I received a number of comments, private emails, and a few links to my post on Venture Capital Deal Algebra. The consistent theme was “tell me more about how VC investments work.” As a result, I’m going to write a series of posts on the structural and financial components of a typical venture capital investment. I’m going to use a bottom up approach – talking about individual components over time and then tying them together in a comprehensive term sheet.
An important place to start is the concept of a liquidation preference. Fred Wilson hints at it in his post on valuation. A liquidation preference is a standand (and rarely negotiable part) of a VC investment. It’s the downside protection on an investment that VCs expect to have as a baseline of any equity investment.
The vast majority of VC investments are structured as preferred stock. It’s called preferred because it “sits in front of” the common stock (or is “preferred to the common”) where common stock is the plain vanilla stock that a company has. Typically in VC investments, founders receive common stock, employees receive either common stock or options to purchase common stock, and the VCs receive preferred stock. This preferred stock has a series of special rights which almost always include a liquidation preference. The liquidation preference means that the VC will have the option – in a liquidity event – of either receiving their liquidation preference as their return or converting into common stock and receiving their percentage ownership as their return.
Consider the following example. Acme Venture Capital (AVC) makes an investment in an established company called Homer Software that has been bootstrapped by the founders. Homer Software has shipped a product in an exciting market and generated $3m of revenue in the past 12 months. AVC invests $5m at a $10m pre-money valuation. As part of this investment, AVC and the founders of AVC agree to a 20% option pool for new employees that are going to be hired to be built into the pre-money valuation (see Venture Capital Deal Algebra if this doesn’t make sense). The result is that AVC owns 33.3% of the company, the founders own 46.7% of the company, and 20% is reserved for options for employees. In this example, AVC purchases Series A Preferred Stock that has a liquidation preference.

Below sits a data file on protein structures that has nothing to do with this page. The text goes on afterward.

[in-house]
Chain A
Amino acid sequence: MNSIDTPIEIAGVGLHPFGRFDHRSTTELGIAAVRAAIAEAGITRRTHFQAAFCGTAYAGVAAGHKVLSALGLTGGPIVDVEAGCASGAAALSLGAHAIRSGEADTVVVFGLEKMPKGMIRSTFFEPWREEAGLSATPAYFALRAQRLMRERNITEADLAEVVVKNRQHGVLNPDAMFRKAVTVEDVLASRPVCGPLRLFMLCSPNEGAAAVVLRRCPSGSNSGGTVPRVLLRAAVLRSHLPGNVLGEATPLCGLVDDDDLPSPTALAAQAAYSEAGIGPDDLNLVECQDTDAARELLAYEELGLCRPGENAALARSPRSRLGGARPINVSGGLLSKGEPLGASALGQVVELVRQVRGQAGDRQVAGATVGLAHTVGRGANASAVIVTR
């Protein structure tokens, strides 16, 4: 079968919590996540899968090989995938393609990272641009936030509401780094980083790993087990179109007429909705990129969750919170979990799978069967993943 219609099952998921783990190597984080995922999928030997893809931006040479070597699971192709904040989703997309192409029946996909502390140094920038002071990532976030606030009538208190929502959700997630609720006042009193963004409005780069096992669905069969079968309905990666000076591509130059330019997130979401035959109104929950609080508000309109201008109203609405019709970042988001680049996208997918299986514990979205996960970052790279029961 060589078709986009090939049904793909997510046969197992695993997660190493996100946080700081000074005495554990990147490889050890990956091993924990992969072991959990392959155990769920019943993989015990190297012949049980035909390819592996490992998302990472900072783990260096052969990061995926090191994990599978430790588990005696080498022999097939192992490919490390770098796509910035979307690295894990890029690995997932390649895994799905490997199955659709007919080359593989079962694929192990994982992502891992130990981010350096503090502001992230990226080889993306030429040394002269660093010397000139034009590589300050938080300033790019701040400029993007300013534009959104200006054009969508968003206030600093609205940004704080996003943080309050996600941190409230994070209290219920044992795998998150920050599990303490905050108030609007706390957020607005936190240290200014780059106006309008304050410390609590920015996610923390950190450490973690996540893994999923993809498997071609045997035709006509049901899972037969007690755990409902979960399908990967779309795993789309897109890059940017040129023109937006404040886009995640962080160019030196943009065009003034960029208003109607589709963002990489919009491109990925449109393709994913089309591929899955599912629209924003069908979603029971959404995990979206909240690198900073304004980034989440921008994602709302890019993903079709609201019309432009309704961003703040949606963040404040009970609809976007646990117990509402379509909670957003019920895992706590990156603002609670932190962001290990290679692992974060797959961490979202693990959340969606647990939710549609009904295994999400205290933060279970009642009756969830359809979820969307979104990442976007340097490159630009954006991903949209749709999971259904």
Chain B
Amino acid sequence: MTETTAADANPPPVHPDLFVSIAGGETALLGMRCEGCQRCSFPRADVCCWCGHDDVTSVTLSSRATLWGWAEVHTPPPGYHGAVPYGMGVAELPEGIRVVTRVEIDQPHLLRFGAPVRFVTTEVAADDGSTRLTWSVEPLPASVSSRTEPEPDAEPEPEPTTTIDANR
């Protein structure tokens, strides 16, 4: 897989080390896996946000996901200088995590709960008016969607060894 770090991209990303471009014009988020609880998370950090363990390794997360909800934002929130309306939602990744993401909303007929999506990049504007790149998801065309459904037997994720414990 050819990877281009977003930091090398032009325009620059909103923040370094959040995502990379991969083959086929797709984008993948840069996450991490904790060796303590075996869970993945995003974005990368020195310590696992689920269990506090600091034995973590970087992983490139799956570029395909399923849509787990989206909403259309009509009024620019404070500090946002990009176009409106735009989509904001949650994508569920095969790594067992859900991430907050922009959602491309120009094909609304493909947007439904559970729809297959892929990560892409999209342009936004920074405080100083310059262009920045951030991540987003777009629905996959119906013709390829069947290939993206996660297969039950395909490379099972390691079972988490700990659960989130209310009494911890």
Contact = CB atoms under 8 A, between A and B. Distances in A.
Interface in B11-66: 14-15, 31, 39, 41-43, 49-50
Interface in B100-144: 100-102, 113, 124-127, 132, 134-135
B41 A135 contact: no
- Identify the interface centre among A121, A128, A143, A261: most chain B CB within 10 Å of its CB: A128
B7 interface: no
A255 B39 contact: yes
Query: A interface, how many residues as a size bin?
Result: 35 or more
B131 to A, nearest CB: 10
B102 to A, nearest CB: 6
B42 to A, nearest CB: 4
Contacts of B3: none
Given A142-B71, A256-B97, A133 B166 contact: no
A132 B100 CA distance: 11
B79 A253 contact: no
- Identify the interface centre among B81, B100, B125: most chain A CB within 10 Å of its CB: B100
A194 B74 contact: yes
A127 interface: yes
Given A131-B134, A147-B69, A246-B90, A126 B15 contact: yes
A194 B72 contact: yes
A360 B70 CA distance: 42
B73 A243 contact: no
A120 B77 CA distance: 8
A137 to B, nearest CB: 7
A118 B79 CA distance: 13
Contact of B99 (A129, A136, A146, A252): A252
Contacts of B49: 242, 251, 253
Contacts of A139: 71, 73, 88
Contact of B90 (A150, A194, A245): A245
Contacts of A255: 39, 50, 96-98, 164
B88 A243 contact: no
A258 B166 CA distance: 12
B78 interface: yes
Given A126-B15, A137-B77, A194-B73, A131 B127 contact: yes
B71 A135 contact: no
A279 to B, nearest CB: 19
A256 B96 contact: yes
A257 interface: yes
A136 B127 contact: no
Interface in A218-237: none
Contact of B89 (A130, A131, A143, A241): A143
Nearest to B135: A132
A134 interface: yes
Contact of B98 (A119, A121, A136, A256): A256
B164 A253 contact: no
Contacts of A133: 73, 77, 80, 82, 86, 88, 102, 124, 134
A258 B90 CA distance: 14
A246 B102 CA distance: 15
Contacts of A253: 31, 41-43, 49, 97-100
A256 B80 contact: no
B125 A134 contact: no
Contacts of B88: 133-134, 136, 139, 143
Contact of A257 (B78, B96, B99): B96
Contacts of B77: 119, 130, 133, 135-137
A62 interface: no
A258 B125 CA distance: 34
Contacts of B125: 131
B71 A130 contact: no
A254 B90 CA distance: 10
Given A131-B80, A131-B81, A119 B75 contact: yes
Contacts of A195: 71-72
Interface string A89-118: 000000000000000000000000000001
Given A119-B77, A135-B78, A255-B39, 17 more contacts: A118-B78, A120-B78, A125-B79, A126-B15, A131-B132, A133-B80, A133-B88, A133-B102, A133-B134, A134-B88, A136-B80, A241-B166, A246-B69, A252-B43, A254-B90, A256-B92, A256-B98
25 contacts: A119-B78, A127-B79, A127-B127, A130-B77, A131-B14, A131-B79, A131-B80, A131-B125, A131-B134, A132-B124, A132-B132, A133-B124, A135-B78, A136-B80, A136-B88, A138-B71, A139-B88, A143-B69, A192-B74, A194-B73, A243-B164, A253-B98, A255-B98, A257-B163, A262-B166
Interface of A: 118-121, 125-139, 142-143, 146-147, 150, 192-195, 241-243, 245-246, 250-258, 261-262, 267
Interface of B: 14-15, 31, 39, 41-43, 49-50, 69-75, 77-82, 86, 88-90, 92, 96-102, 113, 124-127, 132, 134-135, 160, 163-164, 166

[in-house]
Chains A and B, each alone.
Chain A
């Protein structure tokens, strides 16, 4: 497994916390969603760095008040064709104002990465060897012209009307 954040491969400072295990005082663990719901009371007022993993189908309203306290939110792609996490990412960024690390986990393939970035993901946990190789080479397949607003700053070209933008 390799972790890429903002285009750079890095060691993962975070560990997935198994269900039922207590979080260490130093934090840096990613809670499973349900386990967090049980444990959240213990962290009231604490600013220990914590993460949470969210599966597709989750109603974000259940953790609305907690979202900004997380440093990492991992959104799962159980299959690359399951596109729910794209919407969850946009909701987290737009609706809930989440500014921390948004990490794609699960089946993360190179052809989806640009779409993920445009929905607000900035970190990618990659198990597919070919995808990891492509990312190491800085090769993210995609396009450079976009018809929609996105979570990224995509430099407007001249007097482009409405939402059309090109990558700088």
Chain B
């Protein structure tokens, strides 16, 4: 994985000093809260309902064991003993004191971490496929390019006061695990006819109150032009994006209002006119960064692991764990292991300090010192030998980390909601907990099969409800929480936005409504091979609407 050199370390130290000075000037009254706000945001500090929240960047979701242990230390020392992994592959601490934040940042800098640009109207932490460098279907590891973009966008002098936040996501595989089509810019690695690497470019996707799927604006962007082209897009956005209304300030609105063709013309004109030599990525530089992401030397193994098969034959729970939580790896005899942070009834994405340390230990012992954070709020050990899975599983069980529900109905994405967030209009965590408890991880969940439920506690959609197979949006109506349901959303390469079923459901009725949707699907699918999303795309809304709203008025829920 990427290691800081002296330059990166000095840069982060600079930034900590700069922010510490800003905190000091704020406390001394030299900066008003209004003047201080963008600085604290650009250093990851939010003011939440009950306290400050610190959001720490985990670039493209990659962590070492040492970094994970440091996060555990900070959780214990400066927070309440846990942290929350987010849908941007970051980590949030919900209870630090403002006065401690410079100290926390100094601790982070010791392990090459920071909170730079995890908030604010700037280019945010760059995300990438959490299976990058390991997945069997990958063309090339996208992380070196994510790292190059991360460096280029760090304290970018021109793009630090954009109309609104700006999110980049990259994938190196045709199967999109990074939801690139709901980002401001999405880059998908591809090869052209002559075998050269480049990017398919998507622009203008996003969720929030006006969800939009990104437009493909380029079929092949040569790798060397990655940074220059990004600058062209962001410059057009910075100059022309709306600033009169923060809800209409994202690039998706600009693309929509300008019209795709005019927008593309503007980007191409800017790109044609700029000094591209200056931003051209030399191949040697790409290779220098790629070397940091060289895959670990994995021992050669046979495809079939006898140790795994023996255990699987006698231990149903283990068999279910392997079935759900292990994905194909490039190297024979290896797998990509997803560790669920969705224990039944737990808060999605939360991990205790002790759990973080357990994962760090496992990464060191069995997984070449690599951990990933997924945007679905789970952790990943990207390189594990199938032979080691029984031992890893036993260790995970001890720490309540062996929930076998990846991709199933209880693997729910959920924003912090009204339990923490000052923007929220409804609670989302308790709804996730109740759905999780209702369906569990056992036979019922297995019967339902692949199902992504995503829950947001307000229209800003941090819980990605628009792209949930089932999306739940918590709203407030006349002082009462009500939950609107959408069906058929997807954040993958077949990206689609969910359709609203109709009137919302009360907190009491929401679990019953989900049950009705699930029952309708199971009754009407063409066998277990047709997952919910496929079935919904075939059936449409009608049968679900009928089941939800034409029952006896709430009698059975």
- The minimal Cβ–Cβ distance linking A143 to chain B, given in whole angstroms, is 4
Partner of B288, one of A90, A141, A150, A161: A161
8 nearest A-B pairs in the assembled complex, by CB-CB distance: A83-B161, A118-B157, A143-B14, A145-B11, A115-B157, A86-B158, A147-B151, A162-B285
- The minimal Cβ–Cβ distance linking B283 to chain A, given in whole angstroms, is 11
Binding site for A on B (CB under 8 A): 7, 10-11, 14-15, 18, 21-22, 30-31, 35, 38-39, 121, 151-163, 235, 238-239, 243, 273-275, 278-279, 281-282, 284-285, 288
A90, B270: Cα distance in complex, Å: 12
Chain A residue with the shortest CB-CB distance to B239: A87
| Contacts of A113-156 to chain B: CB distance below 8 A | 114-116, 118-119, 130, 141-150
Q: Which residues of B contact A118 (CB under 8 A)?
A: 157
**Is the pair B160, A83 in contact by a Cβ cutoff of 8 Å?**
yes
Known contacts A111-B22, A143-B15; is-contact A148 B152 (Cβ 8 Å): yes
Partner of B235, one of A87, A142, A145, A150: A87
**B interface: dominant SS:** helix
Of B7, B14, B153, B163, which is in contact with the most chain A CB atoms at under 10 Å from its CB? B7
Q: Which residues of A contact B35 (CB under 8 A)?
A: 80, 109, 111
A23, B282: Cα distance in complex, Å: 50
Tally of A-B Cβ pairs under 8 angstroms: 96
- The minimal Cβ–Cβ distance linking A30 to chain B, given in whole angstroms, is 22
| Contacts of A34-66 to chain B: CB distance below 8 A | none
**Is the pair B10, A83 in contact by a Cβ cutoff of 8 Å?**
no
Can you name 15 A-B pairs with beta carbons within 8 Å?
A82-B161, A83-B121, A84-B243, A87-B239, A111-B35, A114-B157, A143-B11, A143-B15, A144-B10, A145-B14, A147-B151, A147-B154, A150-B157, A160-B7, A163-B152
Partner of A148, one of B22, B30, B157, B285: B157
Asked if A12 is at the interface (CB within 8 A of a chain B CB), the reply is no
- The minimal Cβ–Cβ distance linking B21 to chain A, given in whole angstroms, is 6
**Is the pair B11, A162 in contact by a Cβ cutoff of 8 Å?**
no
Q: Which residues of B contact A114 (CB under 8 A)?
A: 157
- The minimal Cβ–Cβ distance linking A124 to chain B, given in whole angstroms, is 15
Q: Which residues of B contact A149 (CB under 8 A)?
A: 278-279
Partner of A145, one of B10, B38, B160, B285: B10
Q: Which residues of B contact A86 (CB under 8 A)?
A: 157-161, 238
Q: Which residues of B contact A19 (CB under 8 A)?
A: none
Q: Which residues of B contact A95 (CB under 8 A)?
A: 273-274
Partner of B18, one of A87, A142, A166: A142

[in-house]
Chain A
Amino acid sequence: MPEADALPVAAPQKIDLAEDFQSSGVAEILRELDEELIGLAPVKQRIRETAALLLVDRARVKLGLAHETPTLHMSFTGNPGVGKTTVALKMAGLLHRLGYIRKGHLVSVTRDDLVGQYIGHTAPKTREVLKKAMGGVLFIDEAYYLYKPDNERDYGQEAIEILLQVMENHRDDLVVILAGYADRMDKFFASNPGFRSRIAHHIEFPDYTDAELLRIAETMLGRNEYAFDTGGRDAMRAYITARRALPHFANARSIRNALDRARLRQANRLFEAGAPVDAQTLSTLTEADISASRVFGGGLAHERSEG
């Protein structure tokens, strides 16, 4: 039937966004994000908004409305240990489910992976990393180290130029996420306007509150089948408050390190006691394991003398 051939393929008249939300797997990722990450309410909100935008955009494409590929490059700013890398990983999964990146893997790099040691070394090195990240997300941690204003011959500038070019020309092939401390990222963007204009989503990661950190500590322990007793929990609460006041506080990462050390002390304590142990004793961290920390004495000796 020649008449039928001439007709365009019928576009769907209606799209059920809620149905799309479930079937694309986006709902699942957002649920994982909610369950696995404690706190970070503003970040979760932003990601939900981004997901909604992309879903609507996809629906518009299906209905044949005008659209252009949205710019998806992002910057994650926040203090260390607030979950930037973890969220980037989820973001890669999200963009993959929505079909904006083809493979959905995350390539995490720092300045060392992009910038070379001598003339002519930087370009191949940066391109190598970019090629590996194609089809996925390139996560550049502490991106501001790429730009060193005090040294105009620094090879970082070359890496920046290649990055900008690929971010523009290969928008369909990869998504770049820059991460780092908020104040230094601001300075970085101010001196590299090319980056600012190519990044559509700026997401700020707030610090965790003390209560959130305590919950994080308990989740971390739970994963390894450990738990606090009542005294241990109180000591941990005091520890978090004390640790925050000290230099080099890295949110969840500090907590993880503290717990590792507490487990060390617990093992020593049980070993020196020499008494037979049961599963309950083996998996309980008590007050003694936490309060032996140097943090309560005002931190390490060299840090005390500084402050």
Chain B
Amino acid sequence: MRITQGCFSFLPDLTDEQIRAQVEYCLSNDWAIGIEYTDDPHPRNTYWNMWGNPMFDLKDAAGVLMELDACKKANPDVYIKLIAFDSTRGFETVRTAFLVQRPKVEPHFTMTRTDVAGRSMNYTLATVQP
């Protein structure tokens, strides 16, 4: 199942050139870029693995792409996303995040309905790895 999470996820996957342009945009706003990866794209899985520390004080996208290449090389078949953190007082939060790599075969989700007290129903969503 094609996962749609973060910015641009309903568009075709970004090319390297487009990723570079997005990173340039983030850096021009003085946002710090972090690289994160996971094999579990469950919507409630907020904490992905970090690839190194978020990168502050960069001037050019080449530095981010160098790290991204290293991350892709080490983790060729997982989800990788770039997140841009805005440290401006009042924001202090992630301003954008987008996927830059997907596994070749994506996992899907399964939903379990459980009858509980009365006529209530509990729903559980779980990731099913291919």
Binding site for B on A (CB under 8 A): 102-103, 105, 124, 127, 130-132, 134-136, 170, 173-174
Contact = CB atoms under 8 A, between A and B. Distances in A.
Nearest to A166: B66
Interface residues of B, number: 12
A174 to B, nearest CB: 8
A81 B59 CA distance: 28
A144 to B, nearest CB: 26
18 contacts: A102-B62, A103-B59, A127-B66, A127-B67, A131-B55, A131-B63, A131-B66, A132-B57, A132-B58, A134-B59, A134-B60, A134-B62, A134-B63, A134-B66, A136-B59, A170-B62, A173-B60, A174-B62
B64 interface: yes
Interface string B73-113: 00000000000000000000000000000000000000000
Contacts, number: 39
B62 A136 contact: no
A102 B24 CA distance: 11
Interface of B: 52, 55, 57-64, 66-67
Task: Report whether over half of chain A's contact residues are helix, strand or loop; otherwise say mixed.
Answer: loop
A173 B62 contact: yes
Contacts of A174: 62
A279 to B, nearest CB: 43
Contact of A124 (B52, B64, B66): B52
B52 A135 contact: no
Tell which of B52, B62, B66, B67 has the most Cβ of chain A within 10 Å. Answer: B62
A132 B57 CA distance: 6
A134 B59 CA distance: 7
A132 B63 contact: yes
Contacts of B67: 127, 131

Now – consider two outcomes.
- Homer Software continues its rapid growth and is acquired for $100m. AVC has a choice – either receive the liquidation preference ($5m) or convert to common and receive 33.3% of the proceeds ($33.3m). Easy choice.
- Homer Software struggles and is acquired by a competitor for $9m. AVC again has a choice – either receive the liquidation preference ($5m) or convert to common and receive 33.3% of the proceeds ($3m). Again, easy choice.
When cash or public company stock is used in an acquisition, the valuation can be mathematically determined with certainty. However, when the acquirer is a private company, the valuation is much harder to determine and is often ambiguous as it depends on the value of the private company and the type of stock (common, preferred, junior preferred, or some other special class) being used. In these cases, the use of the liquidation preference is less clear cut and it’s critical that the company have objective, outside (independent) directors and experienced outside legal counsel to help with determining valuation.
One exception to the liquidity event is an IPO. Typically, an IPO will force the conversion of preferred stock to common stock, eliminating the liquidation preference. In most cases, the IPO event is an “upside liquidity event” so the need for the liquidation preference (and corresponding downside protection) is eliminated (although this is not always the case).
Next up – To Participate or Not (Participating Preferences) – an often maligned and typically hotly negotiated issue that is a more complex form of liquidation preference.